As if the flu weren’t terrifying enough, French researchers have discovered the largest viruses to date. A pair of giant viruses discovered in underwater sediment samples measure 1,000 times bigger than the common flu virus.
Jean-Michel Claverie, who coauthored the paper that announced this discovery, told NPR the pandoviruses could have “emerged from a new ancestral cellular type that no longer exists—possibly from Mars.
"If, say, Apple’s Siri understood how you were feeling in addition to what you were saying, it could pull up not just a playlist, but rather a playlist that matched your mood. Politicians could use the technology to practice enhancing qualities such as leadership in their voices while giving speeches. People with Asperger’s syndrome, who often have communication difficulties, could use it to understand verbal cues that extend beyond literal words. It could even help air traffic controllers identify when pilots were under stress."
According to a newly published scholarly study of 160,000 tweets, it’s actually fairly easy to tell the difference between a Twitter account controlled by one person, a corporate or celebrity account with multiple users, and a fully automated spambot. The difference is not in what they tweet. It’s in when they tweet.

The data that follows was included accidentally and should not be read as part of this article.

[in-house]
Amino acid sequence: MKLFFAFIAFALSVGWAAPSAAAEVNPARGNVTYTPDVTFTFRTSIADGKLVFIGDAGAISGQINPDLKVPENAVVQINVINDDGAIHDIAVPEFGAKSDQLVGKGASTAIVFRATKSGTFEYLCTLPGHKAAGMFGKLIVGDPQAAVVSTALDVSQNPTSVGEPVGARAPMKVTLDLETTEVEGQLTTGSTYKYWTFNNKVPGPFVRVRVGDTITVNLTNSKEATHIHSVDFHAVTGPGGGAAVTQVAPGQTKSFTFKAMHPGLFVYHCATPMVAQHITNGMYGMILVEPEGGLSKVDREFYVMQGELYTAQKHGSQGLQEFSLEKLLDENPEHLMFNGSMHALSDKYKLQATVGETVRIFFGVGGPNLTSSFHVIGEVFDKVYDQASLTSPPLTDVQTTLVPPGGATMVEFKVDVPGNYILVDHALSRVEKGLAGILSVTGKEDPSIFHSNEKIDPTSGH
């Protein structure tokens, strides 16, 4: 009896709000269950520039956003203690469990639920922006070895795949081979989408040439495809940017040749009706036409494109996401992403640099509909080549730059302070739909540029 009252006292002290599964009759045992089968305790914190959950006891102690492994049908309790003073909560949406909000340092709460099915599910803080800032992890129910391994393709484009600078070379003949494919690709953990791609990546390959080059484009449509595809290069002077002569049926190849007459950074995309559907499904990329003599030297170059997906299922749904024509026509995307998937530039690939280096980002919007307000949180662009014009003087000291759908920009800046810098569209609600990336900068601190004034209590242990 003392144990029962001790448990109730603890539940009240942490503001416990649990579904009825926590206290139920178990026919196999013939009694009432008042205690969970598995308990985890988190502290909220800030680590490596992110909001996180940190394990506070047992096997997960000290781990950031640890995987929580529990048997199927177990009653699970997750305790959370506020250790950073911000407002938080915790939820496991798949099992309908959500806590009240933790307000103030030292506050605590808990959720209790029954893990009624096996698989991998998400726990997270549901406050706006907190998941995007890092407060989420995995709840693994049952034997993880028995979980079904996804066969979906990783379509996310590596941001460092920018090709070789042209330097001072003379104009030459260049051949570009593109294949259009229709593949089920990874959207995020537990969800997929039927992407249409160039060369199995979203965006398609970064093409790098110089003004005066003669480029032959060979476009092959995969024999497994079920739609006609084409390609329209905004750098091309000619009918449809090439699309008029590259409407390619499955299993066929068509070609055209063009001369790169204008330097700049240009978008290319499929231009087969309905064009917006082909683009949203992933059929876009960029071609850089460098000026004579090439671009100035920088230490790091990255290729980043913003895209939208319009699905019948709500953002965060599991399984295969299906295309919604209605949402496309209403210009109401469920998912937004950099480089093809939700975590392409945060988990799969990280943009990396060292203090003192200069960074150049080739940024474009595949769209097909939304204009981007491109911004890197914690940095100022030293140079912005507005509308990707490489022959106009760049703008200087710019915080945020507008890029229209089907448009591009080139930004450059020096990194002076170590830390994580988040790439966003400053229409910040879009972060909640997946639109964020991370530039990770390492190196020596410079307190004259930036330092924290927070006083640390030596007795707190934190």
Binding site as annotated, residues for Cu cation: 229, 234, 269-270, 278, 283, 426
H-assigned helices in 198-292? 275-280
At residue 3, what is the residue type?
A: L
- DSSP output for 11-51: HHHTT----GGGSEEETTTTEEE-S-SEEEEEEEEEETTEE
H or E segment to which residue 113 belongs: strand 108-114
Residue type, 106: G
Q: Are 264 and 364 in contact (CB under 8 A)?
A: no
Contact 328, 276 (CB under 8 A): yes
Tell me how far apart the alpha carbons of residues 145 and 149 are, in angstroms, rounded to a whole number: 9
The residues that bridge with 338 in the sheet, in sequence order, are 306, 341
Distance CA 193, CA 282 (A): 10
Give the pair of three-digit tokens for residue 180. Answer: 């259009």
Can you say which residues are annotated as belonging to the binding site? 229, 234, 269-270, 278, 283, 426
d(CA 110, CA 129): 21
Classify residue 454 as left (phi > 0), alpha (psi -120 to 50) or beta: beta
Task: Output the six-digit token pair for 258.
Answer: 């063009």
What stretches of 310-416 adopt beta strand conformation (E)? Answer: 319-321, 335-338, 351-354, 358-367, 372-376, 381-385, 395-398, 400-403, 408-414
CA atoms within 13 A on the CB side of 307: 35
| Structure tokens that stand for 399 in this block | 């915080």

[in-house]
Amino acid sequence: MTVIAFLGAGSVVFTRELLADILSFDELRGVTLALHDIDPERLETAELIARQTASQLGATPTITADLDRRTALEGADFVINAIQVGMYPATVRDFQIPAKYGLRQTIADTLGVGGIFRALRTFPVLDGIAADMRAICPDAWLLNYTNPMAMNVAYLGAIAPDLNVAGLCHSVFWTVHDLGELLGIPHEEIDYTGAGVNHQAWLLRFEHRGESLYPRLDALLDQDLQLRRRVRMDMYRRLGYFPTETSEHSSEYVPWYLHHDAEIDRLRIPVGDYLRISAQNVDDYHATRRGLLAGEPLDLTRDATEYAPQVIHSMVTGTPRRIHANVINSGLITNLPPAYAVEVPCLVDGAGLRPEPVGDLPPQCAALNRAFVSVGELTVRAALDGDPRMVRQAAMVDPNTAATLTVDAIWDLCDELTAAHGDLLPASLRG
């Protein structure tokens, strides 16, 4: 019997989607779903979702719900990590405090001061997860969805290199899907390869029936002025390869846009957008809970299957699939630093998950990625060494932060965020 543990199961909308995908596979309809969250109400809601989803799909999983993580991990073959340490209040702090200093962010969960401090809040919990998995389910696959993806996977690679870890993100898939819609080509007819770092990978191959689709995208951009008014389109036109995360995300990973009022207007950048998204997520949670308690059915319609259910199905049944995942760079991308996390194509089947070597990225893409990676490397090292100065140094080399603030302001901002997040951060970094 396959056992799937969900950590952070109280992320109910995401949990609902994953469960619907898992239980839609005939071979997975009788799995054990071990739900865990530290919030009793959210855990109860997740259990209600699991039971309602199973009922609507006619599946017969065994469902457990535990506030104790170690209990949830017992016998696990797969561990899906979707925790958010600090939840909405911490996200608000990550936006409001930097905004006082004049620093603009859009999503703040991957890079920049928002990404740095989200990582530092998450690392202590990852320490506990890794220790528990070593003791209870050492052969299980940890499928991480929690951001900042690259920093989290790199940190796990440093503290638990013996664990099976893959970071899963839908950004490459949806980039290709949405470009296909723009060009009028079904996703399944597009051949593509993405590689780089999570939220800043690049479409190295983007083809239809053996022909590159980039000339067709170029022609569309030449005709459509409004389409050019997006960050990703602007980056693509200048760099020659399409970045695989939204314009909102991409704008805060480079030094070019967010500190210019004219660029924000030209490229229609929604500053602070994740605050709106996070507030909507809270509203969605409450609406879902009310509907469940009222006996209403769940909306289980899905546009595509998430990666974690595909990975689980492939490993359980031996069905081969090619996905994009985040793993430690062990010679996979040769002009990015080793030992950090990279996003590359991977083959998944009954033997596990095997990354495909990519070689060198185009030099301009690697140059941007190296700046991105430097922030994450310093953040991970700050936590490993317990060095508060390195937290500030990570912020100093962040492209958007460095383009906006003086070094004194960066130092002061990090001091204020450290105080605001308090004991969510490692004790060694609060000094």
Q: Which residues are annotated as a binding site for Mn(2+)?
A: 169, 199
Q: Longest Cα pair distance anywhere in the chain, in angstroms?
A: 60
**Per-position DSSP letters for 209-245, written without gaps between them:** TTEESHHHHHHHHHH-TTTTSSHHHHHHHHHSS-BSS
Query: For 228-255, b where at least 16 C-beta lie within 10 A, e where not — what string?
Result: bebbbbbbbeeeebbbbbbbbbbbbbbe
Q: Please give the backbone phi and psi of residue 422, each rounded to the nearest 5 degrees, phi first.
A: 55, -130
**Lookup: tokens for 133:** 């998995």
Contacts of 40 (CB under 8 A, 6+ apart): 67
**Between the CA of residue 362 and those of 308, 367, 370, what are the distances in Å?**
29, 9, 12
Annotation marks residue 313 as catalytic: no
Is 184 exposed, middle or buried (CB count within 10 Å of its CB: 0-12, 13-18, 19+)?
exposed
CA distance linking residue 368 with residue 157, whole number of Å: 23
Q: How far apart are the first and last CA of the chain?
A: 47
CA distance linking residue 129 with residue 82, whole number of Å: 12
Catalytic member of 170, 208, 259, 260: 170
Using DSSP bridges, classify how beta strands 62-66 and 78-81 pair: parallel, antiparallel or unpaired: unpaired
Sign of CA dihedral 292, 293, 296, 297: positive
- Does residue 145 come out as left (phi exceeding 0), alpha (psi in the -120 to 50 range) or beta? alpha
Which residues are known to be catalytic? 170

Planetary Resources, the innovative, bold company with plans to strip-mine asteroids for their valuable resources, has revealed it will use advanced 3-D printing techniques to produce its line of Arkyd space telescopes.
And NASA just successfully test-fired a rocket engine that uses a 3-D printed injector component. The advantage of 3-D printing this part is the speed and precision of the process, which NASA notes would otherwise have required a year of careful machining to make. It doesn’t hurt that it also cost 70% less to produce…
Their study found 1,000 different types of bacteria on ocean plastic samples, including plants, algae, autotrophs, and predators. They warn that plastic is also serving as a new kind of transportation for potentially harmful bacteria looking to hitch a ride across the ocean.
Makey Makey is a little circuit board that comes with a set of alligator clips. You can attach them to anything even mildly conductive (a body part, a glass of water, alphabet noodles, paper clips, Play Dough, or fruit for example) and use that thing to control your computer as though you were hitting the keyboard or moving the mouse.
Turn a bunch of bananas into a piano. Turn your friends into a synthesizer. Turn a trampoline into a slideshow controller. Turn your hand into a game glove. The possibilities are endless.